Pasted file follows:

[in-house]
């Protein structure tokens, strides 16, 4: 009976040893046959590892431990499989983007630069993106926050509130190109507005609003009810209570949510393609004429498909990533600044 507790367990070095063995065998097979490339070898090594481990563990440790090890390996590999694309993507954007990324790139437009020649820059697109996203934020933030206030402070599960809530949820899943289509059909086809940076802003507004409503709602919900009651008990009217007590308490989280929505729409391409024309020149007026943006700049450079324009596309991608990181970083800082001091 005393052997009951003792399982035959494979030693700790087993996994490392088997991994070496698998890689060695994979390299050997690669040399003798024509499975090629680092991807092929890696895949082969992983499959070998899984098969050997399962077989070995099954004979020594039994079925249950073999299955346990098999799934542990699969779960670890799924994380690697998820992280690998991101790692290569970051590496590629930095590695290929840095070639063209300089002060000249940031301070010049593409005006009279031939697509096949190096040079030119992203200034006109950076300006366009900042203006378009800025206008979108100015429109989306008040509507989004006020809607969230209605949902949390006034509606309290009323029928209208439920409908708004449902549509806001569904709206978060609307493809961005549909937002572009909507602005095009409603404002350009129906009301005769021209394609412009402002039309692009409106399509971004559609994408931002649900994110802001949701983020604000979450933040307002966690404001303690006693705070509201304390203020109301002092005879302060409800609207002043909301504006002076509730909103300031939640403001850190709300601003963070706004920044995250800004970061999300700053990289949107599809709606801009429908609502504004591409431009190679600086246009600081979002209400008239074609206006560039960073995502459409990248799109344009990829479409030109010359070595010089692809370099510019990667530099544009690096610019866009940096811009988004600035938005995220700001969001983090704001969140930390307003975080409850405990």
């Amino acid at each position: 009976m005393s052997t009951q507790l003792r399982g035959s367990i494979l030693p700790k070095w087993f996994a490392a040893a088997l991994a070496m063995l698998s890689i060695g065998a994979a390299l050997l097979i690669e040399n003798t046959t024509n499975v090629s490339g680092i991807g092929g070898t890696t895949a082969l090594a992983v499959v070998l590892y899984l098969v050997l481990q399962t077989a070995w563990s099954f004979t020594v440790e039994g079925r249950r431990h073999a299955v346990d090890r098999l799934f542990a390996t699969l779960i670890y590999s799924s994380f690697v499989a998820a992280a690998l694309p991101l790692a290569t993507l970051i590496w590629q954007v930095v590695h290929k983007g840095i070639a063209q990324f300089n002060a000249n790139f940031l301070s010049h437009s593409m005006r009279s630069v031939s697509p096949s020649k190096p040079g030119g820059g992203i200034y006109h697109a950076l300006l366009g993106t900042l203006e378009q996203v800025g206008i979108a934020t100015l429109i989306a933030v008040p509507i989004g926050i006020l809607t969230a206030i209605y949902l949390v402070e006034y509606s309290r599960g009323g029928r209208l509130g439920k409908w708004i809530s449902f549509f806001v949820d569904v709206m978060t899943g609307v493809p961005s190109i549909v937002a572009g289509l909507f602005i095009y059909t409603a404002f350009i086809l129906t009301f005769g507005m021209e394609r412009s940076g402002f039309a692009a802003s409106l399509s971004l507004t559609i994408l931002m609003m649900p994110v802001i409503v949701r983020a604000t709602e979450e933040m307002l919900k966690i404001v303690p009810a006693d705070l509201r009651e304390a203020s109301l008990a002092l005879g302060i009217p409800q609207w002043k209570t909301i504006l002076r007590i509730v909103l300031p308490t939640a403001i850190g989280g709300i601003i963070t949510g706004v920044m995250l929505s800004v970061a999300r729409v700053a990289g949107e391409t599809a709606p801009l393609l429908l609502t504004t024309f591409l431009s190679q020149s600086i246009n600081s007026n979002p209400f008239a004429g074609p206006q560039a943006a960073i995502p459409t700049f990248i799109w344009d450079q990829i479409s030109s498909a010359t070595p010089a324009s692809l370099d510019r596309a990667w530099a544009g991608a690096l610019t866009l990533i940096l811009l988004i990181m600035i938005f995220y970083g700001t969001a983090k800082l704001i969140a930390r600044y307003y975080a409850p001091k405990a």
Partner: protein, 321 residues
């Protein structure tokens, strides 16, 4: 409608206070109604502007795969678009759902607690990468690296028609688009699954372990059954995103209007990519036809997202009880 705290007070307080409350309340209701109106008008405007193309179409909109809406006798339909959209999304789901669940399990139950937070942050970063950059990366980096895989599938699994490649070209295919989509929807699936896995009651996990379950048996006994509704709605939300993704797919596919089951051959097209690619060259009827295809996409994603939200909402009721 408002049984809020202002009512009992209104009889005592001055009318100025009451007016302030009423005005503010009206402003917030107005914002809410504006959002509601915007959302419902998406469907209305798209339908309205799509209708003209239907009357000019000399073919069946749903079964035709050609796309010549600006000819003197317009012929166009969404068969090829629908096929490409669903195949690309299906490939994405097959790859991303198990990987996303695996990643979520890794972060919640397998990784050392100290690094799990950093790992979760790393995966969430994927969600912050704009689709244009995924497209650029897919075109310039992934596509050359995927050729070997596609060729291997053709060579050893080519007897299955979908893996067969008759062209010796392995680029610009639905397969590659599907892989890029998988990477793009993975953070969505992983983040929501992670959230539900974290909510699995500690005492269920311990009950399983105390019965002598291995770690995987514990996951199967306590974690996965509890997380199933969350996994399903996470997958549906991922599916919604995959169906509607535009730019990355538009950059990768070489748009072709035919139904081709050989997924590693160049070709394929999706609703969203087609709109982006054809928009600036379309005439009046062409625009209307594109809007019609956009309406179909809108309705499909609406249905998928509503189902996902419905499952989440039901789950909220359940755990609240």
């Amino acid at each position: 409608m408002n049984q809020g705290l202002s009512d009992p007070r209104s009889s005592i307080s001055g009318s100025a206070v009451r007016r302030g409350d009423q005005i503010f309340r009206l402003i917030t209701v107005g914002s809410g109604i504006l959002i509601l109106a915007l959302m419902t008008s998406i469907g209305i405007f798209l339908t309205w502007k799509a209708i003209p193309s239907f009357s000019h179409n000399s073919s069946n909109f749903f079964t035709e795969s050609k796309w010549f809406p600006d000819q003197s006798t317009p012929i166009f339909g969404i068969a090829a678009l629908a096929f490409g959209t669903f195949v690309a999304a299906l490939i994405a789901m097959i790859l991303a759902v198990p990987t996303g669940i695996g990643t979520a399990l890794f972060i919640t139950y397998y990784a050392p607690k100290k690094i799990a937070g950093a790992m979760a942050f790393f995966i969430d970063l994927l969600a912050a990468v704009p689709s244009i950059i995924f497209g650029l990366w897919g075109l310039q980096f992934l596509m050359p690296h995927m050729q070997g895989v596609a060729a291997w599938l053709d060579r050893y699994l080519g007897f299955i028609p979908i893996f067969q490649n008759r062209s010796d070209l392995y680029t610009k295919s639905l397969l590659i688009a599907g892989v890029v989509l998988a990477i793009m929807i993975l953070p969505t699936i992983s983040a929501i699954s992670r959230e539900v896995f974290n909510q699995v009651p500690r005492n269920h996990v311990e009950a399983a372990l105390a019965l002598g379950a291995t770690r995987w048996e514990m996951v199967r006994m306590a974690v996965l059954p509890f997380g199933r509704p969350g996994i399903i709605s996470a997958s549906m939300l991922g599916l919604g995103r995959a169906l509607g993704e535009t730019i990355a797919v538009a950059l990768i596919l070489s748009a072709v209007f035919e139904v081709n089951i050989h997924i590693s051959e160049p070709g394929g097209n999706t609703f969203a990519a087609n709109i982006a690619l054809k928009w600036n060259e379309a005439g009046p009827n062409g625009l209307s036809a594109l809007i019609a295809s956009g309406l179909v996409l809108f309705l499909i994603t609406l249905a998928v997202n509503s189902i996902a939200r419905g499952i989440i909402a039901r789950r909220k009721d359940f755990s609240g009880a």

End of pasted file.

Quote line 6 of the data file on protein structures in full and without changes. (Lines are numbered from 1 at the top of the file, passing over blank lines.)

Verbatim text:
């Amino acid at each position: 409608m408002n049984q809020g705290l202002s009512d009992p007070r209104s009889s005592i307080s001055g009318s100025a206070v009451r007016r302030g409350d009423q005005i503010f309340r009206l402003i917030t209701v107005g914002s809410g109604i504006l959002i509601l109106a915007l959302m419902t008008s998406i469907g209305i405007f798209l339908t309205w502007k799509a209708i003209p193309s239907f009357s000019h179409n000399s073919s069946n909109f749903f079964t035709e795969s050609k796309w010549f809406p600006d000819q003197s006798t317009p012929i166009f339909g969404i068969a090829a678009l629908a096929f490409g959209t669903f195949v690309a999304a299906l490939i994405a789901m097959i790859l991303a759902v198990p990987t996303g669940i695996g990643t979520a399990l890794f972060i919640t139950y397998y990784a050392p607690k100290k690094i799990a937070g950093a790992m979760a942050f790393f995966i969430d970063l994927l969600a912050a990468v704009p689709s244009i950059i995924f497209g650029l990366w897919g075109l310039q980096f992934l596509m050359p690296h995927m050729q070997g895989v596609a060729a291997w599938l053709d060579r050893y699994l080519g007897f299955i028609p979908i893996f067969q490649n008759r062209s010796d070209l392995y680029t610009k295919s639905l397969l590659i688009a599907g892989v890029v989509l998988a990477i793009m929807i993975l953070p969505t699936i992983s983040a929501i699954s992670r959230e539900v896995f974290n909510q699995v009651p500690r005492n269920h996990v311990e009950a399983a372990l105390a019965l002598g379950a291995t770690r995987w048996e514990m996951v199967r006994m306590a974690v996965l059954p509890f997380g199933r509704p969350g996994i399903i709605s996470a997958s549906m939300l991922g599916l919604g995103r995959a169906l509607g993704e535009t730019i990355a797919v538009a950059l990768i596919l070489s748009a072709v209007f035919e139904v081709n089951i050989h997924i590693s051959e160049p070709g394929g097209n999706t609703f969203a990519a087609n709109i982006a690619l054809k928009w600036n060259e379309a005439g009046p009827n062409g625009l209307s036809a594109l809007i019609a295809s956009g309406l179909v996409l809108f309705l499909i994603t609406l249905a998928v997202n509503s189902i996902a939200r419905g499952i989440i909402a039901r789950r909220k009721d359940f755990s609240g009880a």